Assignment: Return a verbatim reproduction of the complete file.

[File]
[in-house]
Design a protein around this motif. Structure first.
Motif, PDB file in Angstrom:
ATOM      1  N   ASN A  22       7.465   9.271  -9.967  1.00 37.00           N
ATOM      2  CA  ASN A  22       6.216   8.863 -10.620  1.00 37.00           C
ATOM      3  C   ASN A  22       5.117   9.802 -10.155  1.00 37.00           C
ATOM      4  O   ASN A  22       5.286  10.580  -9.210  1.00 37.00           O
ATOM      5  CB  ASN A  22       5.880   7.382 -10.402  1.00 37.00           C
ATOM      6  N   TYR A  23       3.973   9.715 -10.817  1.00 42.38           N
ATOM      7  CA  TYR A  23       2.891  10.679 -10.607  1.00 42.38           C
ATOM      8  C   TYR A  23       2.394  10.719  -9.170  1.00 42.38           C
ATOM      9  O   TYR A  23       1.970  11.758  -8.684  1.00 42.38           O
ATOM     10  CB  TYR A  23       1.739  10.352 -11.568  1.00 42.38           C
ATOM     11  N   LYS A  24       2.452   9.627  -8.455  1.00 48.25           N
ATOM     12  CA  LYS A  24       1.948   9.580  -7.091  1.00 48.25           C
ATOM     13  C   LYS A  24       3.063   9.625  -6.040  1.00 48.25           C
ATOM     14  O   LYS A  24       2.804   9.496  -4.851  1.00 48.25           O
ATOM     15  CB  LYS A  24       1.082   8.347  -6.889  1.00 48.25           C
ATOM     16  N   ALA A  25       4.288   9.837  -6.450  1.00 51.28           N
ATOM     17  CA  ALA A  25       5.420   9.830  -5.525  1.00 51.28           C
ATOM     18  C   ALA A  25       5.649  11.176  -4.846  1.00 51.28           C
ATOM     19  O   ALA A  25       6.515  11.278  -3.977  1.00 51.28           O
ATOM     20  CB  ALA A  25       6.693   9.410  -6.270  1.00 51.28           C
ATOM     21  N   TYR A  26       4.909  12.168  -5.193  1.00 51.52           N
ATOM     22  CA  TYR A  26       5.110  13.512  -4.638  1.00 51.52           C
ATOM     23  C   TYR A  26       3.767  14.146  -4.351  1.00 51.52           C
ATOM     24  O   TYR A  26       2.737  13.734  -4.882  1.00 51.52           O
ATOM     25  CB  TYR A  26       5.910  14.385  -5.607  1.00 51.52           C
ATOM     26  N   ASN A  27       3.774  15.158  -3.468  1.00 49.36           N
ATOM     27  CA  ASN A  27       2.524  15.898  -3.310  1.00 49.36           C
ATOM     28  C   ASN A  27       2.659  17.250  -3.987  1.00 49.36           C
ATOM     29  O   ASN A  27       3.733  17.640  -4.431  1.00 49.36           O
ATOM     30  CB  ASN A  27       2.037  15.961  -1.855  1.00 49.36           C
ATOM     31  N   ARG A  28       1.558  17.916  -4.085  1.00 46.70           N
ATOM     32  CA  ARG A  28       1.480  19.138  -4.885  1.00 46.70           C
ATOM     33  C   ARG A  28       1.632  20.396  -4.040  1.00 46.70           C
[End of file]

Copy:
[in-house]
Design a protein around this motif. Structure first.
Motif, PDB file in Angstrom:
ATOM      1  N   ASN A  22       7.465   9.271  -9.967  1.00 37.00           N
ATOM      2  CA  ASN A  22       6.216   8.863 -10.620  1.00 37.00           C
ATOM      3  C   ASN A  22       5.117   9.802 -10.155  1.00 37.00           C
ATOM      4  O   ASN A  22       5.286  10.580  -9.210  1.00 37.00           O
ATOM      5  CB  ASN A  22       5.880   7.382 -10.402  1.00 37.00           C
ATOM      6  N   TYR A  23       3.973   9.715 -10.817  1.00 42.38           N
ATOM      7  CA  TYR A  23       2.891  10.679 -10.607  1.00 42.38           C
ATOM      8  C   TYR A  23       2.394  10.719  -9.170  1.00 42.38           C
ATOM      9  O   TYR A  23       1.970  11.758  -8.684  1.00 42.38           O
ATOM     10  CB  TYR A  23       1.739  10.352 -11.568  1.00 42.38           C
ATOM     11  N   LYS A  24       2.452   9.627  -8.455  1.00 48.25           N
ATOM     12  CA  LYS A  24       1.948   9.580  -7.091  1.00 48.25           C
ATOM     13  C   LYS A  24       3.063   9.625  -6.040  1.00 48.25           C
ATOM     14  O   LYS A  24       2.804   9.496  -4.851  1.00 48.25           O
ATOM     15  CB  LYS A  24       1.082   8.347  -6.889  1.00 48.25           C
ATOM     16  N   ALA A  25       4.288   9.837  -6.450  1.00 51.28           N
ATOM     17  CA  ALA A  25       5.420   9.830  -5.525  1.00 51.28           C
ATOM     18  C   ALA A  25       5.649  11.176  -4.846  1.00 51.28           C
ATOM     19  O   ALA A  25       6.515  11.278  -3.977  1.00 51.28           O
ATOM     20  CB  ALA A  25       6.693   9.410  -6.270  1.00 51.28           C
ATOM     21  N   TYR A  26       4.909  12.168  -5.193  1.00 51.52           N
ATOM     22  CA  TYR A  26       5.110  13.512  -4.638  1.00 51.52           C
ATOM     23  C   TYR A  26       3.767  14.146  -4.351  1.00 51.52           C
ATOM     24  O   TYR A  26       2.737  13.734  -4.882  1.00 51.52           O
ATOM     25  CB  TYR A  26       5.910  14.385  -5.607  1.00 51.52           C
ATOM     26  N   ASN A  27       3.774  15.158  -3.468  1.00 49.36           N
ATOM     27  CA  ASN A  27       2.524  15.898  -3.310  1.00 49.36           C
ATOM     28  C   ASN A  27       2.659  17.250  -3.987  1.00 49.36           C
ATOM     29  O   ASN A  27       3.733  17.640  -4.431  1.00 49.36           O
ATOM     30  CB  ASN A  27       2.037  15.961  -1.855  1.00 49.36           C
ATOM     31  N   ARG A  28       1.558  17.916  -4.085  1.00 46.70           N
ATOM     32  CA  ARG A  28       1.480  19.138  -4.885  1.00 46.70           C
ATOM     33  C   ARG A  28       1.632  20.396  -4.040  1.00 46.70           C